Bethmann-Hollweg’s August 1914 speech to the Reichstag supports the argument that alliances were insignificant in causing of the war. In it, he asserts that ‘English statesmen assured Parliament that…England is free to decide whether she would participate in a European war’. He dismisses the claim that Britain went to war to defend Belgian neutrality, instead reasoning that Britain ‘allowed this war’ because she thought it in her interest. The source’s value lies in Bethmann-Hollweg’s insider perspective. As chancellor, he had extensive contact with high-ranking British diplomats, most crucially Sir Edward Goschen, British ambassador to Germany, giving him a unique viewpoint on British aims, untainted by British bias. However, as wartime chancellor speaking after Britain entered the conflict, Bethmann-Hollweg aimed to blame the enemy’s belligerency for the outbreak of war, stressing that Germany was fighting ‘for reasons of self-preservation’. He hoped to thereby justify the conflict in the eyes of the public, amongst whom his popularity was waining. Bethmann-Hollweg’s jingoistic tone — he ends the speech by declaring ‘Germany cannot be crushed!’ — further suggests that the underlying motive was to garner patriotic support for the war effort. He also used such rhetoric to win the support of the Reichstag, a key arm of government. The chancellor thanks members for voting through ‘the hugest war bill ever recorded’, indicating the speech’s Anglophobic tone was an attempt to justify the fiscal cost of maintaining the German military. Crucially, by 1912, the SDP, a socialist party, held 110 of 367 Reichstag seats. Bethmann-Hollweg’s anti-British jingoism was also an attempt to counter the internationalist, anti-war socialist narrative and unite other parties in support of the war. Overall, the source provides a unique first-hand perspective of British foreign policy, but its reliability is tarnished by the underlying motives of its speaker.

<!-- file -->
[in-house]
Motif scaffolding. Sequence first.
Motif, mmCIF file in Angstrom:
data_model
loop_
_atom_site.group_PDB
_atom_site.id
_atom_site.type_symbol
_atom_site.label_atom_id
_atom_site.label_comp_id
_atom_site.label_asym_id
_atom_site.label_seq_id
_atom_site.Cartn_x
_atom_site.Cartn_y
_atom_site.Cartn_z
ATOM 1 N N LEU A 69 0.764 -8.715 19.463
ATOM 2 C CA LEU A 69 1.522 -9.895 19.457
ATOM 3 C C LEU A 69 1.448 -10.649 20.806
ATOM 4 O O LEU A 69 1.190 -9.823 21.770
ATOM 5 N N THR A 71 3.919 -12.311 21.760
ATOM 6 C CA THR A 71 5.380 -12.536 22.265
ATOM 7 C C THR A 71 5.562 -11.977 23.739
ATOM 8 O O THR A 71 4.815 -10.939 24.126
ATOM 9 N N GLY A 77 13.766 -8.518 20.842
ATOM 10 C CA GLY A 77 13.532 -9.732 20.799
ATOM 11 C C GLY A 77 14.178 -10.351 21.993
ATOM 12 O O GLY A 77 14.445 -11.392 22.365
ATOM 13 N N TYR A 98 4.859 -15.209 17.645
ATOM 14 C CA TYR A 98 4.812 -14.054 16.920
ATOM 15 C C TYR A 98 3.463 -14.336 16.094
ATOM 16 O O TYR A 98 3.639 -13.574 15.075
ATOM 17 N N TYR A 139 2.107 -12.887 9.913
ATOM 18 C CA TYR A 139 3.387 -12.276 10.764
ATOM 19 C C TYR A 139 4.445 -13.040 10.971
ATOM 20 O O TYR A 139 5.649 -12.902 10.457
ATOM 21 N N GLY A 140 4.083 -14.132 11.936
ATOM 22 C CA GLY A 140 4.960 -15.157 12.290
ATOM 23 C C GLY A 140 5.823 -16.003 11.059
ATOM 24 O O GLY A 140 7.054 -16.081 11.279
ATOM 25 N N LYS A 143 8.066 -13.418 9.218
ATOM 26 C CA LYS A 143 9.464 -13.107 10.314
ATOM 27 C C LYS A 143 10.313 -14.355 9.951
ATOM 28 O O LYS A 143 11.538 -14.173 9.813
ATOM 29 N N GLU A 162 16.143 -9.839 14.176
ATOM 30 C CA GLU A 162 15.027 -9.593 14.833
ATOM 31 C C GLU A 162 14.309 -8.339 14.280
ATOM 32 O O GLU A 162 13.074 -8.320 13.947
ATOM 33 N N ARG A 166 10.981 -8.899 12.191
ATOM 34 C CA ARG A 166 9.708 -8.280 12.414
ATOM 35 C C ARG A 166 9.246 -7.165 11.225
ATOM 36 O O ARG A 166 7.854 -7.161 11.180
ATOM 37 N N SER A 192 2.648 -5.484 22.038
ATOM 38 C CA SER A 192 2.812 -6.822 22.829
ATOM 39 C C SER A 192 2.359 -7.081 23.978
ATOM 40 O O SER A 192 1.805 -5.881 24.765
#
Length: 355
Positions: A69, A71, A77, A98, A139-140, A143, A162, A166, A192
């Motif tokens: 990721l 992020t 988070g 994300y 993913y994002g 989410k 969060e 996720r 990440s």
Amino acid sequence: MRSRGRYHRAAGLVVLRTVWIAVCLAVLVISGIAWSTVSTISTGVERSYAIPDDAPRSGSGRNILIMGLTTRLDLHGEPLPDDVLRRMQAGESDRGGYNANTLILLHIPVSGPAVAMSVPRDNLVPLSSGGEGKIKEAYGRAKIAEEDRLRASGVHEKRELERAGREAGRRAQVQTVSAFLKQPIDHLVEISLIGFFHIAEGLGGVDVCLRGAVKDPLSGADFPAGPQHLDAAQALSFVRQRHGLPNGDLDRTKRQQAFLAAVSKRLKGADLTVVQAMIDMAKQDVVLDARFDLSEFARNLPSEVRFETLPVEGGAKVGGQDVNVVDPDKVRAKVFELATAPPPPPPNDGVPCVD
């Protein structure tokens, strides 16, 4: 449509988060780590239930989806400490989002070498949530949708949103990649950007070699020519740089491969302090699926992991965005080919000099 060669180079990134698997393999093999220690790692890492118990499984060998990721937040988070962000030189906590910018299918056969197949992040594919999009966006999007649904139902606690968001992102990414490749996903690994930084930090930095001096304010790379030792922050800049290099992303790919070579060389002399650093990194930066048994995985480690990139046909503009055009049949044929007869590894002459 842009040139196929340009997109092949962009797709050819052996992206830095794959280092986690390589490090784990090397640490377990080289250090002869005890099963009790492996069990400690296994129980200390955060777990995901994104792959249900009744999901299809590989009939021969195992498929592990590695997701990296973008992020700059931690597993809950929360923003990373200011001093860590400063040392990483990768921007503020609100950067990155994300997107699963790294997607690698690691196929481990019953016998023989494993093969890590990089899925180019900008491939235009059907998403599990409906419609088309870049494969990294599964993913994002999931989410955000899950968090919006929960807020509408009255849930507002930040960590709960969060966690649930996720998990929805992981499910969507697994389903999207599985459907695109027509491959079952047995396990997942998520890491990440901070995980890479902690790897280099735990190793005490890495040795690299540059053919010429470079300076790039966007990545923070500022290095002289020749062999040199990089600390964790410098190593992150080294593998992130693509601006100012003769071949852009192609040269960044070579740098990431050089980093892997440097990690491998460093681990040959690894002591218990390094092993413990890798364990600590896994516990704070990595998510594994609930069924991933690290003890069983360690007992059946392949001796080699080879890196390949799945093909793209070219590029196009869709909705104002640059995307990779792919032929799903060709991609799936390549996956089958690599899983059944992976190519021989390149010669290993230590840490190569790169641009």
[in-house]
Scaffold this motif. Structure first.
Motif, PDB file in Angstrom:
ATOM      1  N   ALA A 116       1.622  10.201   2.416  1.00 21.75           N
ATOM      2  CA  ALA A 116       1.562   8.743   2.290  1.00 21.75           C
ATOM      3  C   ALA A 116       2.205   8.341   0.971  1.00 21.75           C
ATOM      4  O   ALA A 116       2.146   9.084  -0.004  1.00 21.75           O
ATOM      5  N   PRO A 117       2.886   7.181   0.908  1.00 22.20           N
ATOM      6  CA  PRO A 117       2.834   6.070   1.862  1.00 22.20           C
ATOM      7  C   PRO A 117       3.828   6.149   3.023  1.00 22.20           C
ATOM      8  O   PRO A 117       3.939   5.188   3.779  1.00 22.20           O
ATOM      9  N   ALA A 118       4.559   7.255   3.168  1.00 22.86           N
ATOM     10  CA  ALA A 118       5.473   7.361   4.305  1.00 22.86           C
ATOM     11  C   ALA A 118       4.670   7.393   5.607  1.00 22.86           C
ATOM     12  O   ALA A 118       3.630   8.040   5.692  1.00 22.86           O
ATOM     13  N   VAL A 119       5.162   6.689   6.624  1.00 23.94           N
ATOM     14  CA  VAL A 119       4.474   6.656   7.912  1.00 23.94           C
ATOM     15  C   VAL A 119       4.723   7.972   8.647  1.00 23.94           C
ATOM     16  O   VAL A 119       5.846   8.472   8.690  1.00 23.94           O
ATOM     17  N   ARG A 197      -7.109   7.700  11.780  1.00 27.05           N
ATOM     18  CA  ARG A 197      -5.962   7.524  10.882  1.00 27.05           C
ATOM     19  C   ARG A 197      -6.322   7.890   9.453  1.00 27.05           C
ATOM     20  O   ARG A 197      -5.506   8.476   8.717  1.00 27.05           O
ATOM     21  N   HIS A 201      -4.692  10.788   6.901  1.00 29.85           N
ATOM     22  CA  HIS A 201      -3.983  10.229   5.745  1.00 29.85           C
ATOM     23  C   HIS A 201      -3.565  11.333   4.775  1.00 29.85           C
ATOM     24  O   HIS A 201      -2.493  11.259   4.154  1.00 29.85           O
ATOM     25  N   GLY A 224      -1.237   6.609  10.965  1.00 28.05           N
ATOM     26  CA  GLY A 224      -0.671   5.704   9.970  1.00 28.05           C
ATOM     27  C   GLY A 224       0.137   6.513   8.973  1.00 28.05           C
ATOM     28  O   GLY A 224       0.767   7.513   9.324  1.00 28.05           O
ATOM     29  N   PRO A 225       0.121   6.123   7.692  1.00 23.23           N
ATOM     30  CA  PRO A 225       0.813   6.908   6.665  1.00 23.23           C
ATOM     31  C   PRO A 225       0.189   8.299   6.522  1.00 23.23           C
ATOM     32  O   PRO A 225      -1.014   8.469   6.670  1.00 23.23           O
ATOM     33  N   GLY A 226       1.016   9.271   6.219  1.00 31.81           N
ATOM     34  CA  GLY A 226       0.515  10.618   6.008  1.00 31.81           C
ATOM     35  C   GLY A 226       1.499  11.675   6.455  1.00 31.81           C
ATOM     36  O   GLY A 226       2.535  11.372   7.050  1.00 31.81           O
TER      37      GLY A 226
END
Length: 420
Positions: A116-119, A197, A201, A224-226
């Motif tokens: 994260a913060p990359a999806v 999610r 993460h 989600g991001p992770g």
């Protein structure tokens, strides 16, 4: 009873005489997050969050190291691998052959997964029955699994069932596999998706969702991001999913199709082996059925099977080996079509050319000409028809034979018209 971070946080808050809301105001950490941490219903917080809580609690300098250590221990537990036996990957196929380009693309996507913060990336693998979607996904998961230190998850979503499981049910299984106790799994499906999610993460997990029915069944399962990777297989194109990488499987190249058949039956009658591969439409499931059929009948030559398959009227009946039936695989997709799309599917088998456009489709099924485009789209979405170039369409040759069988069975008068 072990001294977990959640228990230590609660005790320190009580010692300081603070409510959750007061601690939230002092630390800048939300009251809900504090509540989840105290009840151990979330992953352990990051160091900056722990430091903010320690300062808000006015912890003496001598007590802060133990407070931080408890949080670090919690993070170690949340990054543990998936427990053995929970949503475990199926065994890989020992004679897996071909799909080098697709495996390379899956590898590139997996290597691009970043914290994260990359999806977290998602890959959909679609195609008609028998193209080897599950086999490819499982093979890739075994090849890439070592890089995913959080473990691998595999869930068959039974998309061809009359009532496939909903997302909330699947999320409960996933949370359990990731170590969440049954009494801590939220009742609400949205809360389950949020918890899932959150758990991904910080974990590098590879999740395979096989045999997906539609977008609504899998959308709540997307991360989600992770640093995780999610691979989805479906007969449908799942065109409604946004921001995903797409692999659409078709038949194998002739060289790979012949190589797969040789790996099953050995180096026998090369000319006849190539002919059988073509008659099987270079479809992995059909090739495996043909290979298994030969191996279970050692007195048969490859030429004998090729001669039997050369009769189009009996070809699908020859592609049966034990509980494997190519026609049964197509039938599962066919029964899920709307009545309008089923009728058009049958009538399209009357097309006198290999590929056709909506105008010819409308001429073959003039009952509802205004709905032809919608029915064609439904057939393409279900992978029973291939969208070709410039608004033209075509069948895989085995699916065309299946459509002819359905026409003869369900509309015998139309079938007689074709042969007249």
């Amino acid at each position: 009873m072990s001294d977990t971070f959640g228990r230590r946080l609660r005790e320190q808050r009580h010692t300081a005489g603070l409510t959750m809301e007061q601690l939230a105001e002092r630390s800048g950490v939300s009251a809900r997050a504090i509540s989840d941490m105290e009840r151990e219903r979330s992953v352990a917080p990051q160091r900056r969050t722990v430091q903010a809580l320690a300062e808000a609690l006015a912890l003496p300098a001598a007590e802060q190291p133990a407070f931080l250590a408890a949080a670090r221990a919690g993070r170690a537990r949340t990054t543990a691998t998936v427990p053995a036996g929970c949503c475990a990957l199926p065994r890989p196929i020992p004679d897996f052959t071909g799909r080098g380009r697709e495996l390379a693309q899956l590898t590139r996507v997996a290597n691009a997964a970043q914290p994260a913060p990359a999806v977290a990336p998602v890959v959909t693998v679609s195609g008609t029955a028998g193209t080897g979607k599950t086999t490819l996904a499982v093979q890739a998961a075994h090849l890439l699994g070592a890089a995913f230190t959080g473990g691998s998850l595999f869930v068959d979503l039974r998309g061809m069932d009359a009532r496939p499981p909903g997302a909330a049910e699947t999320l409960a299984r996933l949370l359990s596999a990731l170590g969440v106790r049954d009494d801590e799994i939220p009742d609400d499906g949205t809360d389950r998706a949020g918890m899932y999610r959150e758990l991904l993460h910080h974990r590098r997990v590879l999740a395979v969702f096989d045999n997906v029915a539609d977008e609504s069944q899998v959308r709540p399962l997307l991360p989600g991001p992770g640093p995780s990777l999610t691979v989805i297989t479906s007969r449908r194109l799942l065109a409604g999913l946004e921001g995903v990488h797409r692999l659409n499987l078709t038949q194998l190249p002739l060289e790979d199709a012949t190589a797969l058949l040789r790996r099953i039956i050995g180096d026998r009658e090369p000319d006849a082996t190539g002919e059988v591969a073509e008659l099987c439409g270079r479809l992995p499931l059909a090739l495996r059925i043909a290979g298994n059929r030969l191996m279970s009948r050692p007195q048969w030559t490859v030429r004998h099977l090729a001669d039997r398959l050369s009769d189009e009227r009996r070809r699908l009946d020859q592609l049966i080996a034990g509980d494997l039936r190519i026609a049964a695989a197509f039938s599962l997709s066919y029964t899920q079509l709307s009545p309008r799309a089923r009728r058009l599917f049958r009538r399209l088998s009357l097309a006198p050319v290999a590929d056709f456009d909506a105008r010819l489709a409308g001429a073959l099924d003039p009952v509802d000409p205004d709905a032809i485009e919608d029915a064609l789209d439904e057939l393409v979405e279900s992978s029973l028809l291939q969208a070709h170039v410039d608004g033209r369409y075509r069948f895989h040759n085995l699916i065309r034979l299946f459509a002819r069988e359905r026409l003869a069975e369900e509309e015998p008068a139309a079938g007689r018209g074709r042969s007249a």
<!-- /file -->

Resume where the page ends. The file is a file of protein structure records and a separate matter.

Nationalism — ‘the belief that the nation was the natural form of large scale political organisation’ — was a new concept which spread rapidly due to increased governmental centralisation and better connected populations, both facilitated by the continent’s socioeconomic upheaval. This new ideology destabilised international politics, generating friction between neighbouring states and increasing popular support for war. Nationalist revanchism, for example, dominated French political discourse during the late 1800s, a consequence of defeat in the 1871 Franco-Prussian War and the subsequent annexation of Alsace-Lorraine by a newly industrialised Germany. The conflict was settled with a 5 billion frank indemnity paid to Germany in the Treaty of Frankfurt, scarring national pride and generating calls for revenge throughout the Belle Époque. Recapturing these regions was not ‘merely desirable’ for the political nation of the Third Republic, but ‘absolutely necessary’, according to Taylor, escalating Franco-German tensions. The Anglo-German naval race provides another example of nationalism leading to friction between the Great Powers. British policy had long been to maintain the Two Power Standard, whereby the navy was ‘at a strength at least equal to that of any other two powers’. When Germany challenged British naval dominance she invoked renewed patriotism in British society. The British government was pressured into building more dreadnoughts, with protestors chanting ‘we want eight and we won’t wait’. Although by 1914 the race was at an end — Britain’s 29 dreadnoughts dwarfed Germany’s 17 — relations between the two had frayed significantly in the face of nationalist sentiment, escalating the arms race and increasing public support for war, setting the stage for a global conflict.